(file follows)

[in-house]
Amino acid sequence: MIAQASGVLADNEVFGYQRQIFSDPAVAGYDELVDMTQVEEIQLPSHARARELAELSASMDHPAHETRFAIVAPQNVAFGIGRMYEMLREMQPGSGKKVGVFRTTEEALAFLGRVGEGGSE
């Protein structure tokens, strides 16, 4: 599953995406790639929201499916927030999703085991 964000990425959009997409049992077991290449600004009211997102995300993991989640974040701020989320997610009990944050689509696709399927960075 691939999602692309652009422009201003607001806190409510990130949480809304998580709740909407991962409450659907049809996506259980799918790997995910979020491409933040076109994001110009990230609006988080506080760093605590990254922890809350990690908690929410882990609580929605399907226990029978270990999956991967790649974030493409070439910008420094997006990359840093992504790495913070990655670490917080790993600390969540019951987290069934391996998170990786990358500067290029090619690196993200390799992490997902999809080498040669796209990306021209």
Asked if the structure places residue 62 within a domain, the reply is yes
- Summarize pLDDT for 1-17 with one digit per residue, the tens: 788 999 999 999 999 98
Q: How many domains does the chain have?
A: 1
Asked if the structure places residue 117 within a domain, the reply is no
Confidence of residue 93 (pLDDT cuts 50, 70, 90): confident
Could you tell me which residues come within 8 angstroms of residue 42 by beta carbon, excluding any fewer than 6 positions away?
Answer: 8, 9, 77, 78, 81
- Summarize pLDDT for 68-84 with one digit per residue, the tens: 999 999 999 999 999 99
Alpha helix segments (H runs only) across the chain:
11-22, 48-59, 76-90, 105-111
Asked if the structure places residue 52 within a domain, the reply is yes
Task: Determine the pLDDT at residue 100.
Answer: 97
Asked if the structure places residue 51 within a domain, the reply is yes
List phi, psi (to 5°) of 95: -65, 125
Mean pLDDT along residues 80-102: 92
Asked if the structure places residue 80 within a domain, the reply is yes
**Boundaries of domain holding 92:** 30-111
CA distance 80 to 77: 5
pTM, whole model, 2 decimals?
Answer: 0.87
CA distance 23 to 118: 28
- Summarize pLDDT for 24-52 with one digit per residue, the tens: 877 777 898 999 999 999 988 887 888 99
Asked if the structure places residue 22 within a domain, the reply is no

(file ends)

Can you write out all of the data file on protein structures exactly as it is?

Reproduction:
[in-house]
Amino acid sequence: MIAQASGVLADNEVFGYQRQIFSDPAVAGYDELVDMTQVEEIQLPSHARARELAELSASMDHPAHETRFAIVAPQNVAFGIGRMYEMLREMQPGSGKKVGVFRTTEEALAFLGRVGEGGSE
């Protein structure tokens, strides 16, 4: 599953995406790639929201499916927030999703085991 964000990425959009997409049992077991290449600004009211997102995300993991989640974040701020989320997610009990944050689509696709399927960075 691939999602692309652009422009201003607001806190409510990130949480809304998580709740909407991962409450659907049809996506259980799918790997995910979020491409933040076109994001110009990230609006988080506080760093605590990254922890809350990690908690929410882990609580929605399907226990029978270990999956991967790649974030493409070439910008420094997006990359840093992504790495913070990655670490917080790993600390969540019951987290069934391996998170990786990358500067290029090619690196993200390799992490997902999809080498040669796209990306021209």
Asked if the structure places residue 62 within a domain, the reply is yes
- Summarize pLDDT for 1-17 with one digit per residue, the tens: 788 999 999 999 999 98
Q: How many domains does the chain have?
A: 1
Asked if the structure places residue 117 within a domain, the reply is no
Confidence of residue 93 (pLDDT cuts 50, 70, 90): confident
Could you tell me which residues come within 8 angstroms of residue 42 by beta carbon, excluding any fewer than 6 positions away?
Answer: 8, 9, 77, 78, 81
- Summarize pLDDT for 68-84 with one digit per residue, the tens: 999 999 999 999 999 99
Alpha helix segments (H runs only) across the chain:
11-22, 48-59, 76-90, 105-111
Asked if the structure places residue 52 within a domain, the reply is yes
Task: Determine the pLDDT at residue 100.
Answer: 97
Asked if the structure places residue 51 within a domain, the reply is yes
List phi, psi (to 5°) of 95: -65, 125
Mean pLDDT along residues 80-102: 92
Asked if the structure places residue 80 within a domain, the reply is yes
**Boundaries of domain holding 92:** 30-111
CA distance 80 to 77: 5
pTM, whole model, 2 decimals?
Answer: 0.87
CA distance 23 to 118: 28
- Summarize pLDDT for 24-52 with one digit per residue, the tens: 877 777 898 999 999 999 988 887 888 99
Asked if the structure places residue 22 within a domain, the reply is no